Very few games have had the luxury of an active lifespan that stretches into the decades, and even fewer of them have been able to keep that momentum going by continuing to release expansion after expansion of readily consumed material. While board games like Dominion, Smash Up, Munchkin, Zombies!!!, and numerous minis tables have certainly made valiant efforts to keeping the core game on the forefront of people’s minds by generating new material, few can compete with the relentless stream of new content that Magic: the Gathering has released over its tenure. In its existence, Magic now boasts over 80 expansion sets, nearly 20 core sets, several special release sets, and it still manages to release ancillary products annually that gather attention in their own right. From its basic cardboard beginnings to it sharing space in the digital and esports realms online, the scope of playable content this game has generated is undeniably impressive.
Yet it also has to do this out of sheer necessity. CCGs live and die by keeping a critical mass of audience appeal; if people stop buying cards, they shrivel up and disappear, ending up in the CCG dustbin of history. Irrespective of their unique attributes, clever themes, or innovative design elements, the most important trait for any CCG is retaining a core audience willing to spend money on it. If Magic hadn’t been able to manage that, we wouldn’t be here talking about it today.
Naturally, the easiest way to keep people hooked is to maintain demand. And hands-down the easiest way to accomplish that is by creating new material. New abilities, new card interactions, new storylines, and new innovations to the game itself.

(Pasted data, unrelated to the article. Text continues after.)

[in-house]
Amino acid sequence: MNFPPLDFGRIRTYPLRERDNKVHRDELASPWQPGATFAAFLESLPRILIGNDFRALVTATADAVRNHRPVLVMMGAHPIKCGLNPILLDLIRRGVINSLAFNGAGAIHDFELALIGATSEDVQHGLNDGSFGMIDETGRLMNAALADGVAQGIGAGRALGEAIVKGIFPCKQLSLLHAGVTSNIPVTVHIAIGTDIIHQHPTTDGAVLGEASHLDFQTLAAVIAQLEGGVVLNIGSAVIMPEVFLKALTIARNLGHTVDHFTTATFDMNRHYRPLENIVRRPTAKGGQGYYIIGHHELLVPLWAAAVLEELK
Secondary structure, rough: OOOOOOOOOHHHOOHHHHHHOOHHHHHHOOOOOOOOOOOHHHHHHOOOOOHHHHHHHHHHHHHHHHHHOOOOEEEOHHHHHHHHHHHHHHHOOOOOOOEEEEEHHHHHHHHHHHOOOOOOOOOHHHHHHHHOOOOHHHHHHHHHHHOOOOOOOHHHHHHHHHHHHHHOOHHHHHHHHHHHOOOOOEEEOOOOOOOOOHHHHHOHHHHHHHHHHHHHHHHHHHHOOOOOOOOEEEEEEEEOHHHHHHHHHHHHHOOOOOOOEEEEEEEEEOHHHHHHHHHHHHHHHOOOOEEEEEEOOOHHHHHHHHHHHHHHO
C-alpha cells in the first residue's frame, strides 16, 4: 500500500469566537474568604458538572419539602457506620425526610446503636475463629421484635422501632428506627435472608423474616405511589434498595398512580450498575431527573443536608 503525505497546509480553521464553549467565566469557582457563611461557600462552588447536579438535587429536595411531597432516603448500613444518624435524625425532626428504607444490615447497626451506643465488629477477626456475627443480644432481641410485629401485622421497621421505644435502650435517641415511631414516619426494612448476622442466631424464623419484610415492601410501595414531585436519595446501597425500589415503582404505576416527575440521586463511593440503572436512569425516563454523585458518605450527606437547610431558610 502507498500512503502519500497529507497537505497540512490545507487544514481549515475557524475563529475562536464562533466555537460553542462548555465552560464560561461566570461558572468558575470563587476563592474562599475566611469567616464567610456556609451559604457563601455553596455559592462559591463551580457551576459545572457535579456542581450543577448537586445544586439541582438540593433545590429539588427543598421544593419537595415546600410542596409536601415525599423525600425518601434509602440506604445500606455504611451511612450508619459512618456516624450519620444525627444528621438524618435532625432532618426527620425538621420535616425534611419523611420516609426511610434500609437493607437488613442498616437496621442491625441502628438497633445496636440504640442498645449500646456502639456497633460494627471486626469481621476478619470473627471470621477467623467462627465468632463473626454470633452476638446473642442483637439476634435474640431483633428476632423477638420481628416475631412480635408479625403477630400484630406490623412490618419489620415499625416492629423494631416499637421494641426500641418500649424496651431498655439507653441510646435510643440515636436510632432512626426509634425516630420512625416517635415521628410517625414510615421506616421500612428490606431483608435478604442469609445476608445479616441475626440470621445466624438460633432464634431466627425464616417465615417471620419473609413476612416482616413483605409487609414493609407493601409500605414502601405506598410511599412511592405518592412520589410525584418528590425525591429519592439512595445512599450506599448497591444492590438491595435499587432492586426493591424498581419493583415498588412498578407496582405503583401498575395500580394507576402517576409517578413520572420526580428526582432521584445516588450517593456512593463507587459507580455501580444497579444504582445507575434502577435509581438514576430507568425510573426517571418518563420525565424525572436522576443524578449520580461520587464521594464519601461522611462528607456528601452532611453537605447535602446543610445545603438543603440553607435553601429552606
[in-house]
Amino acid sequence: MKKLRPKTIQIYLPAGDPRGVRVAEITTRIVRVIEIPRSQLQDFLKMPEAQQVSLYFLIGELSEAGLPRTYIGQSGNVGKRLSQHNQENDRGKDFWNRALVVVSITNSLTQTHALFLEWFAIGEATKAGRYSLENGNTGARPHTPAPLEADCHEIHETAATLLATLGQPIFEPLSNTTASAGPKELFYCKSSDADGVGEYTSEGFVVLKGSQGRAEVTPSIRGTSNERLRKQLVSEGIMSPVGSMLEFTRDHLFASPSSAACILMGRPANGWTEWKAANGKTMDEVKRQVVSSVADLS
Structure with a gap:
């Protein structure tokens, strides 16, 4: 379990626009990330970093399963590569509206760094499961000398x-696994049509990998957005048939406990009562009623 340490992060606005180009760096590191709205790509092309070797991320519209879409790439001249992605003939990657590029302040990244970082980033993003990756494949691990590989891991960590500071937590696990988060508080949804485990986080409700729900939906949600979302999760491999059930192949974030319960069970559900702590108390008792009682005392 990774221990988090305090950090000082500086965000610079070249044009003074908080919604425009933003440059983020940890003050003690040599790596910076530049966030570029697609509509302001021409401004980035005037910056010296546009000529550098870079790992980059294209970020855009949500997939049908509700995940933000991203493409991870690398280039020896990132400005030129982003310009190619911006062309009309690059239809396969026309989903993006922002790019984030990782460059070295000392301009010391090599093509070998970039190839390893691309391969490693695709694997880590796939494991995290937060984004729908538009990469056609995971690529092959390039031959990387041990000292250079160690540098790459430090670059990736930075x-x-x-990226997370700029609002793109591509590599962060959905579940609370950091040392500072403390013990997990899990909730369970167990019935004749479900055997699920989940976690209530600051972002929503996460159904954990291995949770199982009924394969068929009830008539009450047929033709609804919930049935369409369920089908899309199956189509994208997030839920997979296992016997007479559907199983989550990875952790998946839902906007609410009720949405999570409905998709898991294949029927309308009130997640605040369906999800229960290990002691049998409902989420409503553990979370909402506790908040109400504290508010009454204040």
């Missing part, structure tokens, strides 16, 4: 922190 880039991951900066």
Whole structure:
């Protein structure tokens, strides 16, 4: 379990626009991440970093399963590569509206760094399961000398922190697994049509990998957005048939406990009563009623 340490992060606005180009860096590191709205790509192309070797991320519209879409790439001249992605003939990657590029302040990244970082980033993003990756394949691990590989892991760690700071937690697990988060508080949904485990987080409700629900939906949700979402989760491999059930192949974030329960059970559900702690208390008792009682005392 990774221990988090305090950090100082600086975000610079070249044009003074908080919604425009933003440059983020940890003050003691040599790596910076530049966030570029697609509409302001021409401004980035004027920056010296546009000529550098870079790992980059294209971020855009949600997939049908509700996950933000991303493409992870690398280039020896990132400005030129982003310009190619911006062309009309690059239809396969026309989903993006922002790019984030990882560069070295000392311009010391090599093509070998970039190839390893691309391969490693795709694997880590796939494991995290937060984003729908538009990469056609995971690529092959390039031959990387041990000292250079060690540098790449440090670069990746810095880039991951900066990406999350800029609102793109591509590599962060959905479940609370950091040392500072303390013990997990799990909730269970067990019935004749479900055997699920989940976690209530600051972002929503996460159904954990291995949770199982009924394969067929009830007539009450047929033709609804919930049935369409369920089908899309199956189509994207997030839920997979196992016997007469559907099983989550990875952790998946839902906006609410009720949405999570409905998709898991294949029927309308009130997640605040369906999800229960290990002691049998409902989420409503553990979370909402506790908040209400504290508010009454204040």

Or at least the guise of new all new material.
What Magic figured out long ago is that you can’t simply reinvent the wheel with every successive expansion or core set release. Doing so could not only be overwhelming to the audience, but it also burns through your design space faster. Even a game as multifaceted as Magic has a finite amount of design space, and part of the game’s success is in how it manages to retain player interest while only releasing new ideas a few drops at a time. In reality, each new expansion only contains a handful of new mechanical ideas, properly dressed up with new flavor and theme, but it’s done in such a way that players eat it up – even if the vast majority of underlying content is merely variation on things they’ve already seen before. Fine-tuning this balance between existing and new design content in its product is why Magic has continued to have a successful reign after more than two decades, and why at its current pace it likely has enough in the tank to span another decade or two.
To illustrate, consider one of the more iconic concepts in the game – a counterspell card. Even back in Alpha, Magic’s very first set, there were seven different counters spread across four colors. The game obviously scaled that per-set ratio back in subsequent years, but a search today for variations on countering a spell yields close to 250 different cards.
Nearly 250 different iterations of the exact same idea, each time tweaked every so slightly.
This provides a pretty decent degree of variance for the same effect. For instance, some cards are creature triggers while others are spells. Moreover, in addition to an array of variety to ‘hard’ counters (Counterspell, Mana Drain, Force of Will, Cancel, etc., many are specialized counters of various subsets, focusing on things like mana taxing, noncreature spells, creature spells, spells of certain colors, or spells of specific casting costs. Each was tailored for the aims and needs of their respective sets across multiple formats, but at their core, they all execute the exact same singular purpose of countering someone else’s spell. All 250 of them.